The SHA cluster said both scales “map” onto the same classifications but the Royal Statistical Society questioned the validity of comparing results gathered on two different scales.
Peter Lynn, professor of survey methodology at the University of Essex and a leading figure in the society, told HSJ the number of points on a scale and whether or not there an explicit “don’t know” option was offered were factors known to influence respondents’ answers.
HSJ contacted the best and worst five performing trusts in September’s league table.
Four out of the bottom five (all except University Hospitals Coventry and Warwickshire Trust) are using the six-point scale while three out of the top five trusts are using the 11-point scale.
These results do not allow for a conclusive judgement to be made about the two scales but the use of two scales is certainly a complication the pilot could have done without.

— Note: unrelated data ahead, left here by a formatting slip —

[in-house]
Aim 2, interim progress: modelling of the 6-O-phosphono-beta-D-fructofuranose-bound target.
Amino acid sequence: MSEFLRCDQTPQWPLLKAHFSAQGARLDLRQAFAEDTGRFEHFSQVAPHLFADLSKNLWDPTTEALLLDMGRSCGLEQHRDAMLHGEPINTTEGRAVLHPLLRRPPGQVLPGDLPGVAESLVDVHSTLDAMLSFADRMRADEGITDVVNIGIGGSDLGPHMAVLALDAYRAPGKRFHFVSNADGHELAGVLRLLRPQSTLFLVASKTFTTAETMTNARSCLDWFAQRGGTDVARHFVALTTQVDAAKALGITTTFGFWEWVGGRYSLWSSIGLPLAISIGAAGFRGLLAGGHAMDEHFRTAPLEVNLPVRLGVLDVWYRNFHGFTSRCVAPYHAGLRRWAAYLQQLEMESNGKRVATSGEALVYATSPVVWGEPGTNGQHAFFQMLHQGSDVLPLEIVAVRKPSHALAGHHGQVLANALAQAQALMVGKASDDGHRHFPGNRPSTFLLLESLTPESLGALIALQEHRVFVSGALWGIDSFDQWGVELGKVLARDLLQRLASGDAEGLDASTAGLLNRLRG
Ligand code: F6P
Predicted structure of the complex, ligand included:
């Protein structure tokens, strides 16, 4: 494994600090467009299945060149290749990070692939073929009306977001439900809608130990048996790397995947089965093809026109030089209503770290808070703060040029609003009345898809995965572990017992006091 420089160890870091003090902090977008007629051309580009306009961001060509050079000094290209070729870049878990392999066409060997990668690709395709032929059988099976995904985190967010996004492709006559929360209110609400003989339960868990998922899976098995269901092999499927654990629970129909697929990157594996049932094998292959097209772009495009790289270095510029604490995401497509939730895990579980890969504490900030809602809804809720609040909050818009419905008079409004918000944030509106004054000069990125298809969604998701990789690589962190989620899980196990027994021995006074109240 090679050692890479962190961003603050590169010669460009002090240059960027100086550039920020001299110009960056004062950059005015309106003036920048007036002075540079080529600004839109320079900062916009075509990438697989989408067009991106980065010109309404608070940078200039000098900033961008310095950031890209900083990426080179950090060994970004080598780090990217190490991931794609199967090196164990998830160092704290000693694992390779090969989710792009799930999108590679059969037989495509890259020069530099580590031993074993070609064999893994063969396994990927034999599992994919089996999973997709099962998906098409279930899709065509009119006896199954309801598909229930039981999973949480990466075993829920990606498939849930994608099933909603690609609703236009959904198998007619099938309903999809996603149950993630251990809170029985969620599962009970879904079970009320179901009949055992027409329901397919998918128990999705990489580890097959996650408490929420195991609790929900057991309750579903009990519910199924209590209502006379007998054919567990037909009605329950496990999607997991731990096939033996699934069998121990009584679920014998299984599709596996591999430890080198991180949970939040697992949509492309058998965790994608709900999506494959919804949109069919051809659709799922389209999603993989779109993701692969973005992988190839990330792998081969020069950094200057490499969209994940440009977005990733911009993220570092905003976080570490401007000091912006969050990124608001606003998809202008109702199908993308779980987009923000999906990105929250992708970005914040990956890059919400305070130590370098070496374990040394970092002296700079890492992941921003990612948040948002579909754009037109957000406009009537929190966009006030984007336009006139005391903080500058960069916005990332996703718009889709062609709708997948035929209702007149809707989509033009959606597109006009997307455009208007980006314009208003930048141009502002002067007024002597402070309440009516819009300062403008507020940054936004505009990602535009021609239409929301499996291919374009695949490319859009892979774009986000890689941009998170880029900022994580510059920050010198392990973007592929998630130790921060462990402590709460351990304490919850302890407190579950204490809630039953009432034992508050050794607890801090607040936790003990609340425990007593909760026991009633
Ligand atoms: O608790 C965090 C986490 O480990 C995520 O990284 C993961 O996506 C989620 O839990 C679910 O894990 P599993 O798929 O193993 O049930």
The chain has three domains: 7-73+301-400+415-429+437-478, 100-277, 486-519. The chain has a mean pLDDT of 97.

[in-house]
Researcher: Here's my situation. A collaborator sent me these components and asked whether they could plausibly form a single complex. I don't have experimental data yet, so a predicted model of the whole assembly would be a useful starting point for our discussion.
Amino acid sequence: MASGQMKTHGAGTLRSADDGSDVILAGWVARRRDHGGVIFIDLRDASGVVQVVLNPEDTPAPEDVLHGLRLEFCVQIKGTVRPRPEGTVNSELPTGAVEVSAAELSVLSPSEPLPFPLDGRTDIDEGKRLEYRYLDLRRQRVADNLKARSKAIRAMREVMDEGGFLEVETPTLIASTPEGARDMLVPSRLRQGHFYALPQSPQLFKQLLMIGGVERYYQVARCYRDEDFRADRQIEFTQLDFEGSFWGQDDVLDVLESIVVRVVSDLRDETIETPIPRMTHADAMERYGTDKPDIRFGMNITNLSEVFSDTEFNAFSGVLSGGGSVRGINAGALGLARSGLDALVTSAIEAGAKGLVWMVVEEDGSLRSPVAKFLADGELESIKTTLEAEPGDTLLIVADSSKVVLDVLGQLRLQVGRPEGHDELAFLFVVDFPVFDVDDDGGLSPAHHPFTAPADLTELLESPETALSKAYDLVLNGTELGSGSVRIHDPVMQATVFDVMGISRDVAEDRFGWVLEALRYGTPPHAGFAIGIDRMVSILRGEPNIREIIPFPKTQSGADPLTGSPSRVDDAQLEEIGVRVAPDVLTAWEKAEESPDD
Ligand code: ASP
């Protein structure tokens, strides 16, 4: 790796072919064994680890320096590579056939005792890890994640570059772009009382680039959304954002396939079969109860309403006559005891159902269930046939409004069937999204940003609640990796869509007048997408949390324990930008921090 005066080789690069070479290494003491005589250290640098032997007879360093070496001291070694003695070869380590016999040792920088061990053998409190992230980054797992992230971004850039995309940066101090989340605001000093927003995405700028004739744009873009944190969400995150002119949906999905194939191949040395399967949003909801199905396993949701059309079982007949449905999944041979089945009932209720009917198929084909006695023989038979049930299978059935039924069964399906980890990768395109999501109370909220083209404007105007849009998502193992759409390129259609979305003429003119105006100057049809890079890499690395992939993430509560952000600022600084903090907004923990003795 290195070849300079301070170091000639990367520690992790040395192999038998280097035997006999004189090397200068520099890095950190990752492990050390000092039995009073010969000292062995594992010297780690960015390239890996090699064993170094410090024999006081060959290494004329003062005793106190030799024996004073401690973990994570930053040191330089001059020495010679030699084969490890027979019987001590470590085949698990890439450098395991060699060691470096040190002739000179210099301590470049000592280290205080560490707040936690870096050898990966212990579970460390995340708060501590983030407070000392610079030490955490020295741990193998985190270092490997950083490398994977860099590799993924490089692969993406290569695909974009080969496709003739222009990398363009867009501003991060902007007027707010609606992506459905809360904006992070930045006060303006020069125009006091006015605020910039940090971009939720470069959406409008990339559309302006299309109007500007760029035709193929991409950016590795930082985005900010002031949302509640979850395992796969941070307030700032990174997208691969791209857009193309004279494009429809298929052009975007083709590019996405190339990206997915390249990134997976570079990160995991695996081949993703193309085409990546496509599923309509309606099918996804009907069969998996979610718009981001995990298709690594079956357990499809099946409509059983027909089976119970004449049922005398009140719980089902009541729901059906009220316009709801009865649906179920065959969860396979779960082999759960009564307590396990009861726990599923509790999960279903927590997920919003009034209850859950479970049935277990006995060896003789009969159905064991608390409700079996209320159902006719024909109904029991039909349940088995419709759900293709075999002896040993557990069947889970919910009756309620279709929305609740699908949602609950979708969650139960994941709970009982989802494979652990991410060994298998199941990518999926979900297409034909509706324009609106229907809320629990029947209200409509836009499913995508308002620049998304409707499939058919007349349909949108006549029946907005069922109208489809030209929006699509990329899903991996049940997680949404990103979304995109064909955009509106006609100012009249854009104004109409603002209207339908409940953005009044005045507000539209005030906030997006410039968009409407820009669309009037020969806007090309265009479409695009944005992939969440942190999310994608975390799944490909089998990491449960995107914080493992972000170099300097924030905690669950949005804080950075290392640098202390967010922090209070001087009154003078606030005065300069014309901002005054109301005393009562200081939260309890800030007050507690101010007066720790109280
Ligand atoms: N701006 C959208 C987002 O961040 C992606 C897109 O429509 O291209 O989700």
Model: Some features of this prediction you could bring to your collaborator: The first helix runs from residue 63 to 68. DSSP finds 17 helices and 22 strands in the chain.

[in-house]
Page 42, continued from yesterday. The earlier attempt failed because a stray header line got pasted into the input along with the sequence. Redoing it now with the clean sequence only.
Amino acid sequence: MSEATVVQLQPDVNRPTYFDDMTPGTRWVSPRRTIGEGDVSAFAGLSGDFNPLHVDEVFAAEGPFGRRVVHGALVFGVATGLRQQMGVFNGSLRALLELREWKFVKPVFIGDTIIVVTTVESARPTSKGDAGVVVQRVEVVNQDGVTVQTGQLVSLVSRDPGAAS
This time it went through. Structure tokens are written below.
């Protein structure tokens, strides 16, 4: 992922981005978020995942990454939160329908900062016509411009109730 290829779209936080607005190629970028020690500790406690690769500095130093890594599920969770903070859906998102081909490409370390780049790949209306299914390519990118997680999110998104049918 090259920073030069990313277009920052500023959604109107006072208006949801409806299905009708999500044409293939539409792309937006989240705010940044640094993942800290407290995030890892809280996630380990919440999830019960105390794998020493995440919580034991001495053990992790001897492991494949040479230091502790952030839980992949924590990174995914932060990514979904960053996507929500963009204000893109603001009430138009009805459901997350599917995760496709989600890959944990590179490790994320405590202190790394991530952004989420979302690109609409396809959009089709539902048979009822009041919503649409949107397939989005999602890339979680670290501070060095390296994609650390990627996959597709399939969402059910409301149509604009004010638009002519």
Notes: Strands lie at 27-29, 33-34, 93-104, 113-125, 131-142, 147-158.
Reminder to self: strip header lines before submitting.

Professor Lynn, along with some trusts in the region, also raised concerns about discrepancies in data collection methods.
National guidelines published last month explicitly state face-to-face interviews should not be used as a collection method due to response bias.
They also “strongly recommend” patients complete the survey “away from the care setting”.
The national guidelines do not officially come into force until next April and some trusts are already adhering to the standards.
But other trusts, including the Royal Orthodaedic Hospital Foundation Trust and James Paget University Hospitals Foundation Trust told HSJ they were currently carrying out face-to-face interviews in the care setting.
NHS Midlands and East director of customer service strategy Andrew MacPherson said data collection issues could indeed “distort” the results to some degree.